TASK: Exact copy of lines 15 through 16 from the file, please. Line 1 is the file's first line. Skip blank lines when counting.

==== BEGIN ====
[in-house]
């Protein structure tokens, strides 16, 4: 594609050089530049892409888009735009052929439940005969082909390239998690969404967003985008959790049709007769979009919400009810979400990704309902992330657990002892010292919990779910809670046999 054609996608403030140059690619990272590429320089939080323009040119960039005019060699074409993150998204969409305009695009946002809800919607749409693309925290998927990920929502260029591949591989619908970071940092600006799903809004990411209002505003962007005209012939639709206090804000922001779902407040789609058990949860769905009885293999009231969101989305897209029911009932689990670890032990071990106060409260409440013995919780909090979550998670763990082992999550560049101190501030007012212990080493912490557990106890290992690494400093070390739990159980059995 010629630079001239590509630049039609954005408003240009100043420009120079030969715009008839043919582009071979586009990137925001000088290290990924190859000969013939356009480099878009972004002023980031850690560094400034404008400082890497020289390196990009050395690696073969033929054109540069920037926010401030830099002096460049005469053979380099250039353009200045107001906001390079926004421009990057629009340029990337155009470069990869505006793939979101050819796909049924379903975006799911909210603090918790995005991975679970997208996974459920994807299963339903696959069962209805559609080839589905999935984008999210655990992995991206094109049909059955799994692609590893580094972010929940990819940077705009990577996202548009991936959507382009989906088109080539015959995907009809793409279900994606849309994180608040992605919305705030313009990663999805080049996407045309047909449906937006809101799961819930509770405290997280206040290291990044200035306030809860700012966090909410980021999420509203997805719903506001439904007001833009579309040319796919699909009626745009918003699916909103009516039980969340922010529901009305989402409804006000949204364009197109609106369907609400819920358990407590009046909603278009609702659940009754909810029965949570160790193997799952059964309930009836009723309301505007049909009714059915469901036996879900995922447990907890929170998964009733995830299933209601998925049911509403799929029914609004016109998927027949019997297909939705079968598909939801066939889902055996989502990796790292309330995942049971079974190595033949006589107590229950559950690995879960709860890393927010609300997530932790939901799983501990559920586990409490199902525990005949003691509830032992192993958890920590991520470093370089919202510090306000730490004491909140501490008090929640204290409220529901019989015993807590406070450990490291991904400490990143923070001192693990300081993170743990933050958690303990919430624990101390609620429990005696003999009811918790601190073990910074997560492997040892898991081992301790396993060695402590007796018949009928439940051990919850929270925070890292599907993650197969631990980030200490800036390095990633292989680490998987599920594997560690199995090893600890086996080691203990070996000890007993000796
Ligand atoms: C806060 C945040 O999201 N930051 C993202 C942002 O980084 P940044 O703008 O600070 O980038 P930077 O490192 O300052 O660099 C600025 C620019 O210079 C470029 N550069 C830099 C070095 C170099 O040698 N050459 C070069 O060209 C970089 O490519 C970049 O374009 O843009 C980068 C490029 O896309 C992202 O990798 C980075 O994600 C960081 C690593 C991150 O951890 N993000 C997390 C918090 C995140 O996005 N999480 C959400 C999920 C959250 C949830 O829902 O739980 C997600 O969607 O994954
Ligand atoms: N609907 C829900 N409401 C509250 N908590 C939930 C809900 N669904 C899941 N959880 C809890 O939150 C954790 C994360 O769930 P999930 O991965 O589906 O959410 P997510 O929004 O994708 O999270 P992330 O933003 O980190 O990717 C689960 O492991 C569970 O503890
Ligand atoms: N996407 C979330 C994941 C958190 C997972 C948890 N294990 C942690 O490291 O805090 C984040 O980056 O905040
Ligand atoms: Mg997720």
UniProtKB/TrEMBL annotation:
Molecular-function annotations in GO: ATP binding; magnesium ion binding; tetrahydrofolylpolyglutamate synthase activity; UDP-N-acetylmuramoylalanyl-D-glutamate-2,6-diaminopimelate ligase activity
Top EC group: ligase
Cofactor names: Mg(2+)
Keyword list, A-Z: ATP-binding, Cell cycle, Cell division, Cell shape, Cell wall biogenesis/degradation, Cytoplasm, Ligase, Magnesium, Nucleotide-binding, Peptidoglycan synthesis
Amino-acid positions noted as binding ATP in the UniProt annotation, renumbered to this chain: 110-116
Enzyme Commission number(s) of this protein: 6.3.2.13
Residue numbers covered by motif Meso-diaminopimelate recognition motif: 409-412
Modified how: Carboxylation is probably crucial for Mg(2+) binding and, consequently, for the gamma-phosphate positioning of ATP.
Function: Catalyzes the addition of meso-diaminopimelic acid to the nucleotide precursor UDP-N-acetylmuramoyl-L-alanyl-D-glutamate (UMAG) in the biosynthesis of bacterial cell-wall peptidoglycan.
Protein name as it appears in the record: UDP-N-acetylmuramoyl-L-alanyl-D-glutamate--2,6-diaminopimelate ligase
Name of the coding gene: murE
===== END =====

Modified how: Carboxylation is probably crucial for Mg(2+) binding and, consequently, for the gamma-phosphate positioning of ATP.
Function: Catalyzes the addition of meso-diaminopimelic acid to the nucleotide precursor UDP-N-acetylmuramoyl-L-alanyl-D-glutamate (UMAG) in the biosynthesis of bacterial cell-wall peptidoglycan.